Anapodoton


Anapodoton (an’-a-po’-do-ton): A figure in which a main clause is suggested by the introduction of a subordinate clause, but that main clause never occurs.

Anapodoton is a kind of anacoluthon, since grammatical expectations are interrupted. If the expression trails off, leaving the subordinate clause incomplete, this is sometimes more specifically called anantapodotonAnapodoton has also named what occurs when a main clause is omitted because the speaker interrupts himself/herself to revise the thought, leaving the initial clause grammatically unresolved but making use of it nonetheless by recasting its content into a new, grammatically complete sentence.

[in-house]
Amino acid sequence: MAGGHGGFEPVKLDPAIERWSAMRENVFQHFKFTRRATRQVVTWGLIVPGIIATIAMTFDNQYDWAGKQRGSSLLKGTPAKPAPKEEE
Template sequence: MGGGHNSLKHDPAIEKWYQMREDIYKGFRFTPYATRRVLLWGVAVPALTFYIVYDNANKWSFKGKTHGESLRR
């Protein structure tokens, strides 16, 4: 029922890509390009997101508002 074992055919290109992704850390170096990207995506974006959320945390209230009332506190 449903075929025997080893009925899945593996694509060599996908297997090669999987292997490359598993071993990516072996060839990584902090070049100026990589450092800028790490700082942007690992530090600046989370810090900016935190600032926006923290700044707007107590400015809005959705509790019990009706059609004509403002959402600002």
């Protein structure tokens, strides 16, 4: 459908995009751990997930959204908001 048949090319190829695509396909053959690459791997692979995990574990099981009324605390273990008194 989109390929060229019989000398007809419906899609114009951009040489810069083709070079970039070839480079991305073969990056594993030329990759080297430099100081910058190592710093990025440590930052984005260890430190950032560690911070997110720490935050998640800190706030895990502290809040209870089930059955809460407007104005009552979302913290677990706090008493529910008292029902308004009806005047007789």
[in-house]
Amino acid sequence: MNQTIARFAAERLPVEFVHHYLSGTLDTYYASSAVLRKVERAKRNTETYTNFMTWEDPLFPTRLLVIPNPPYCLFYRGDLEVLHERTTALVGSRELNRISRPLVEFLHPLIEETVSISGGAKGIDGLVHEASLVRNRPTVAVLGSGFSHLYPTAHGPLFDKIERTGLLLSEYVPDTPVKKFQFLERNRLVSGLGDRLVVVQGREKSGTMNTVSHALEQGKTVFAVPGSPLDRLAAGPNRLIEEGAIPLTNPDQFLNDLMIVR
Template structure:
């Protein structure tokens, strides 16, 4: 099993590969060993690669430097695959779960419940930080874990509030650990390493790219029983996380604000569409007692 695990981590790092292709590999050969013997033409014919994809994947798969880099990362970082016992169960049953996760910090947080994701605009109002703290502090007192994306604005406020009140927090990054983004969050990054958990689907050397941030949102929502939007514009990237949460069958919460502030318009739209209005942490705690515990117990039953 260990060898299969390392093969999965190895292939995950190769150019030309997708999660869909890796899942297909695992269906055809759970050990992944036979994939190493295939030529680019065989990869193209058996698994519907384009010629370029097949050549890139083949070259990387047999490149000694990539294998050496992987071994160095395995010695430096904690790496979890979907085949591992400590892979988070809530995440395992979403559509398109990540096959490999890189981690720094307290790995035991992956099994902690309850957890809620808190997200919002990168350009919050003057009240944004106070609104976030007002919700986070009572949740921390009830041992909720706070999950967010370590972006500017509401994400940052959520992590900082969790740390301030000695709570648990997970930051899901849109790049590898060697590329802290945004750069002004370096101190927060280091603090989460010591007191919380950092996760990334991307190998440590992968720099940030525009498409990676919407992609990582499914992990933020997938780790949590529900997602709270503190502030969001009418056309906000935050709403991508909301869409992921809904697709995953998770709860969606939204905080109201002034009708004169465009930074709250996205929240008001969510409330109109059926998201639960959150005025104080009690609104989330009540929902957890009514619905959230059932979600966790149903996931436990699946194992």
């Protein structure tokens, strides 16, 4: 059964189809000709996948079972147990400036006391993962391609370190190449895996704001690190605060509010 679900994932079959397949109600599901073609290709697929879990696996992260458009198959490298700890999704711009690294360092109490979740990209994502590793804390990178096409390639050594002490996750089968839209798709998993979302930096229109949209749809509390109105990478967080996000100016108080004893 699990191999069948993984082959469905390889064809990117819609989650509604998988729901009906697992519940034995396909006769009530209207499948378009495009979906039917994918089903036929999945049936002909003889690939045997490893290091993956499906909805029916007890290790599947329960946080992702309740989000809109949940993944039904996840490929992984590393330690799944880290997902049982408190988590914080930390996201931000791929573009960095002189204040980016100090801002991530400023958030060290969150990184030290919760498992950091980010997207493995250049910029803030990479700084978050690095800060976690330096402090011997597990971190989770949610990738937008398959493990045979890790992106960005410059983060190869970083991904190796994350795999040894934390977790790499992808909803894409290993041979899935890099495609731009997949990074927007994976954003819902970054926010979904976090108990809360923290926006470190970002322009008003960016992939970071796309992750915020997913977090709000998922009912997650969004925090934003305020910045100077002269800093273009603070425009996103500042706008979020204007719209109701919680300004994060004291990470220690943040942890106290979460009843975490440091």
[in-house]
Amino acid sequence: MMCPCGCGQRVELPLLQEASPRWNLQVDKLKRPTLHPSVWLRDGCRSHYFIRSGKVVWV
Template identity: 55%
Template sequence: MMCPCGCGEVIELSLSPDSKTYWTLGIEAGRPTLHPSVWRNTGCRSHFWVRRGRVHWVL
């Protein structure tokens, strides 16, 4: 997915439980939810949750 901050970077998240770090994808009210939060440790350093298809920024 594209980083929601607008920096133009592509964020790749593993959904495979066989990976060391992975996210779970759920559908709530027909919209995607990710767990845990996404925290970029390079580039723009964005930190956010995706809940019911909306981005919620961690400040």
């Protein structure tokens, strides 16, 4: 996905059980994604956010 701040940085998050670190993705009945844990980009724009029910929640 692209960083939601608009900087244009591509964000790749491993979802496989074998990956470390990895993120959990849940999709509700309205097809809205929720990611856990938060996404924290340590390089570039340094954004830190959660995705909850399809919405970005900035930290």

When I made my 90,000 . . . Money makes the world go around, sometimes fast, sometimes slow, but always working away in the background and the foreground generating profits, losses, and break-even results.

If you can’t find a job . . . I couldn’t find a job so I started my own business. I’ve been selling lab equipment to “entrepreneurs” who live in mobile homes on the outskirts of towns across the Southern regions of the USA.

It’s kind of funny, but they all have in common that they pay cash and have skinny bodies and bad teeth. I often wonder what they use the lab equipment for, but I don’t want to know–ever! I just assume they are some kind of scientists. Maybe they all have Federal grants to find a cure for cancer or or save the coral reefs.

But, like I said: It’s non of my business!

Definition courtesy of “Silva Rhetoricae” (rhetoric.byu.edu).

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